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  8. The same happened to me. I think you just need to keep going.

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    1. Oh, I probably will. . .as long as I am preaching. . .

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  9. Anonymous12:39 AM

    Blogs are nearly passé now. Waste of time to read. Blah, blah, blah. I'd rather get out of the house and live life or read a book. Facebook will also decline in usage. So many blogs, so many opinions, yet how many of them really matter or make a difference?

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    1. I've heard this before too. You may be right. Wouldn't it be weird if blogs went the way of the newspaper?

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    2. I still like the paper. Papers are dead yet, I pray they never are.

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  10. For whatever it may be worth, I've started to come here regularly after becoming sick with the "professional", "A-grade" Catholic blogosphere...for one, the last thing I want is this blog becoming more like those.

    Now if you really want a suggestion, I would say to engage more our comments here if possible.

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    1. I always try to engage comments but sometimes I approve comments on the run and then forget to come back to them. Blogger used to email comment notifications. . .I always knew when I had a comment waiting. Now, I have to check.

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    2. Well, the e-mail notifications may be just a matter of checking the right box on the Blogger dashboard. recently I had a similar issue with the YouTube videos to which I'm subscribed, and it took a while for me to figure it out.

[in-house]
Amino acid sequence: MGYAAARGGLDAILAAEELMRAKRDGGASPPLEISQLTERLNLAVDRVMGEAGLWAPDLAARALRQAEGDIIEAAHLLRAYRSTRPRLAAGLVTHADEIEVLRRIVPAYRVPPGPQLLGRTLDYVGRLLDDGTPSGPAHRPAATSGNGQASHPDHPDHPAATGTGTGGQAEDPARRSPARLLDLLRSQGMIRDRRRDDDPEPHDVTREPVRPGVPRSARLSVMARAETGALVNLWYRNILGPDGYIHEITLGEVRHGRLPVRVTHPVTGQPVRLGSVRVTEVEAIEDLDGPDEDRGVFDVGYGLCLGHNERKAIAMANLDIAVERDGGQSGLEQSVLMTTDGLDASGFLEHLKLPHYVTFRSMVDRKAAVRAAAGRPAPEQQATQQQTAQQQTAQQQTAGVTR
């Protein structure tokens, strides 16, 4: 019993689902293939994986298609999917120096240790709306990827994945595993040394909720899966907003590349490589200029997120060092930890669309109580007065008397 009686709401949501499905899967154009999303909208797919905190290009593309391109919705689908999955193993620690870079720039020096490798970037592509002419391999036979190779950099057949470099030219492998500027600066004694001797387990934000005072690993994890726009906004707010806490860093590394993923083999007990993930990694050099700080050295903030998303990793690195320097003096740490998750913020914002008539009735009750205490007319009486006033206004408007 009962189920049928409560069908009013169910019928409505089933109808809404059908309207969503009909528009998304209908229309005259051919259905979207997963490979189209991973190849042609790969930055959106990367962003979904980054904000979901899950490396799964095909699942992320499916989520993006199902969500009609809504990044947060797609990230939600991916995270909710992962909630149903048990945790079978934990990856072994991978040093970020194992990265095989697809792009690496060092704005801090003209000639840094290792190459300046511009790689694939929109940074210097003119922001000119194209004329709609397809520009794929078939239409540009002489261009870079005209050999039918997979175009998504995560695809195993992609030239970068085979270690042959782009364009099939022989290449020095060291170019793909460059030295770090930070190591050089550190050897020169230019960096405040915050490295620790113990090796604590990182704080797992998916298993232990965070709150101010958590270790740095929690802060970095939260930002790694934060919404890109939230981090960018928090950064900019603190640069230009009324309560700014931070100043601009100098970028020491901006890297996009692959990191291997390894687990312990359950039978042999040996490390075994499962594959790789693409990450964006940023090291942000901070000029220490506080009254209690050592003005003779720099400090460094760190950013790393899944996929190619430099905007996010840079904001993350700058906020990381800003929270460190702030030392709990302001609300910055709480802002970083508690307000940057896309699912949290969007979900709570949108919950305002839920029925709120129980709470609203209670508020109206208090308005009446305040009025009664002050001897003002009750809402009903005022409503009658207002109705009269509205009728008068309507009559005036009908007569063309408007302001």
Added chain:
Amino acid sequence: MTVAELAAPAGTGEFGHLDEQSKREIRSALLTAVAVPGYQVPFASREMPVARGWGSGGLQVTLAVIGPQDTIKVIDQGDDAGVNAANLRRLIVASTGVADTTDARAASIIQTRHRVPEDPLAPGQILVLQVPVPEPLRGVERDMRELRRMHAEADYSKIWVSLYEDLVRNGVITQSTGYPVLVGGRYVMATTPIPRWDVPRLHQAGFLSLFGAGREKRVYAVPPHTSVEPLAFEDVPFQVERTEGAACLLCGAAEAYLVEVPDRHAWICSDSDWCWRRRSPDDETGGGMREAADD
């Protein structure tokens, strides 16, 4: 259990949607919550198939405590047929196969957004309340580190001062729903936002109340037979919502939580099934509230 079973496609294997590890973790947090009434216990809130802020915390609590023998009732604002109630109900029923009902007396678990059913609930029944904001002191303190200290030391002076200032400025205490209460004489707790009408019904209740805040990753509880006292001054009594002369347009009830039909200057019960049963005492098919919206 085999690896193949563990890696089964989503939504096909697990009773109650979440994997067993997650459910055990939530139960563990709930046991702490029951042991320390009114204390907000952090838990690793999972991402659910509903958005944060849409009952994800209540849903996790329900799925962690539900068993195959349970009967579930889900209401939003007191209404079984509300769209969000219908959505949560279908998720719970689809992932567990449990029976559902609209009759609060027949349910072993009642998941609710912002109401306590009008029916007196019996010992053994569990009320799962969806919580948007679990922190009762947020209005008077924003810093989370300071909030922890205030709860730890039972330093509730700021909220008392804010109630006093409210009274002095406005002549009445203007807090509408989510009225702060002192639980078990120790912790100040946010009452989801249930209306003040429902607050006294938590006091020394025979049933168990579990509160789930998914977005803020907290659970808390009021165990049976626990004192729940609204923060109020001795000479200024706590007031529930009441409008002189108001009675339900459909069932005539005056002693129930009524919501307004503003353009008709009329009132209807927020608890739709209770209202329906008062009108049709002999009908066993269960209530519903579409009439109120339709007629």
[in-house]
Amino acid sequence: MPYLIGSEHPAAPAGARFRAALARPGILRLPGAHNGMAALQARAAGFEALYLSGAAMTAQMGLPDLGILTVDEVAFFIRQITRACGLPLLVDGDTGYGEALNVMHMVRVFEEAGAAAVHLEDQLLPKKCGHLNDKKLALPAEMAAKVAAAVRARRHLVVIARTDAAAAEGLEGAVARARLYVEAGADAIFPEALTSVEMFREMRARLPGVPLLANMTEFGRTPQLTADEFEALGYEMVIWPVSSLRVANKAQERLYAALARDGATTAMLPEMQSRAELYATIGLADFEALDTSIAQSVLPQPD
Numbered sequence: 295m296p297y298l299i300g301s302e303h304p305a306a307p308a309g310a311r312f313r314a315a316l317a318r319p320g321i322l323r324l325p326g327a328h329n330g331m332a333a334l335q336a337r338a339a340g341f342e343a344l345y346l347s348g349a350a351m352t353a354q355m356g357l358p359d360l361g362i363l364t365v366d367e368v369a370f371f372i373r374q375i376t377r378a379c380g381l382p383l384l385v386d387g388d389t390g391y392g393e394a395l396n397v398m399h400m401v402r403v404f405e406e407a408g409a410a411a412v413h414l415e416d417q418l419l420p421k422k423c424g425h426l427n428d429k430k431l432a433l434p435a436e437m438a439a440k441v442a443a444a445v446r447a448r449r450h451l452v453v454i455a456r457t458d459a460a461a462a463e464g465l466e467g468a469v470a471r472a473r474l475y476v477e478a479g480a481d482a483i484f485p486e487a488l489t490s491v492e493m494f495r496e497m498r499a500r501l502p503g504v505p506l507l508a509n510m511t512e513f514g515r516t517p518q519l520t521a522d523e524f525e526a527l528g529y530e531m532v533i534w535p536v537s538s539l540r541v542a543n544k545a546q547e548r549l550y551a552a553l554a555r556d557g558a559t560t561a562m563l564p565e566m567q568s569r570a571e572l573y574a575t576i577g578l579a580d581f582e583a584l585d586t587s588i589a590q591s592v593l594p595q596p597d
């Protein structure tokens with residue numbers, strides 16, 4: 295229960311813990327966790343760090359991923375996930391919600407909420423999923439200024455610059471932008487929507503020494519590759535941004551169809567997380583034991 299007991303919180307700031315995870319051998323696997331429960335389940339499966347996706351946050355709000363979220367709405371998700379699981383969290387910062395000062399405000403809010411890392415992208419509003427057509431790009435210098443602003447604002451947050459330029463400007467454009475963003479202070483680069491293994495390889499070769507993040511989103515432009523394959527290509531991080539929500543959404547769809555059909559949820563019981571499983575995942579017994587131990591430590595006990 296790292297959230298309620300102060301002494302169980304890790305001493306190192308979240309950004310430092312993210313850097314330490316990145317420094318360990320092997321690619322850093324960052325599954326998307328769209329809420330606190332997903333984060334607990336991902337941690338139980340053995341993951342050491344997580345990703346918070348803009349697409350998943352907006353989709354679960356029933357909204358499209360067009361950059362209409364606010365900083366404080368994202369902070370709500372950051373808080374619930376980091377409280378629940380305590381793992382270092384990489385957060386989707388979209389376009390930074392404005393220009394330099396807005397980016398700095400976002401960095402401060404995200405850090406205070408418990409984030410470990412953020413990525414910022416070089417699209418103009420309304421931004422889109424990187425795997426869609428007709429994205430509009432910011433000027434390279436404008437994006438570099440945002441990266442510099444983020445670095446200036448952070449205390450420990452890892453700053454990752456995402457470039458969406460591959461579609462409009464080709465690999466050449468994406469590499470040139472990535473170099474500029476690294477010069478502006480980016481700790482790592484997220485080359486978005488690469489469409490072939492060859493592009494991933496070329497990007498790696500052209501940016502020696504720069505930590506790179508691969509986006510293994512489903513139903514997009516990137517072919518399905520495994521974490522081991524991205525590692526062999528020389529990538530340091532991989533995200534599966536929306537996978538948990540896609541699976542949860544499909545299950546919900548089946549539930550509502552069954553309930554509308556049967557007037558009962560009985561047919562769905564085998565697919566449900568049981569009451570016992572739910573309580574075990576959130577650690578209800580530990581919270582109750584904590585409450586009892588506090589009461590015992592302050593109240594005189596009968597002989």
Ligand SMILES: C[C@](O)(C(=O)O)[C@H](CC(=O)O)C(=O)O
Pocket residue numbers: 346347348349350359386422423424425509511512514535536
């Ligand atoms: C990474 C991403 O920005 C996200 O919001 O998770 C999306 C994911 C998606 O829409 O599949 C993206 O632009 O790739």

When you ask for your readers, they come... :)

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    3. Indeed, they do! And I am grateful. . .

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  11. I think you should just carry on writing and posting things that you feel inspired to share with the wider world and stop looking at stats, hits etc! Keep on keeping on; cyberspace would be a lonelier, emptier place without you!

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    1. Well, I'm looking at stats as an indicator of whether or not I'm sharing stuff people find helpful. Maybe my assumption is wrong? Lower stats do not equal unhelpful content.

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  12. I will say that these wretched captcha thingies that prove we're not robots will be the death of me - I hardly ever get them right!!

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    1. Me either. We think about them too much, right?

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  13. I'm probably a very atypical reader. I'm not a practicing Catholic and I'm more conservative than you are, so I mostly skip the homilies and read the Cranky Friar stuff because it's such a novelty to find a priest, and an OP at that, who isn't a mush-headed "Justice and Peace" blatherer.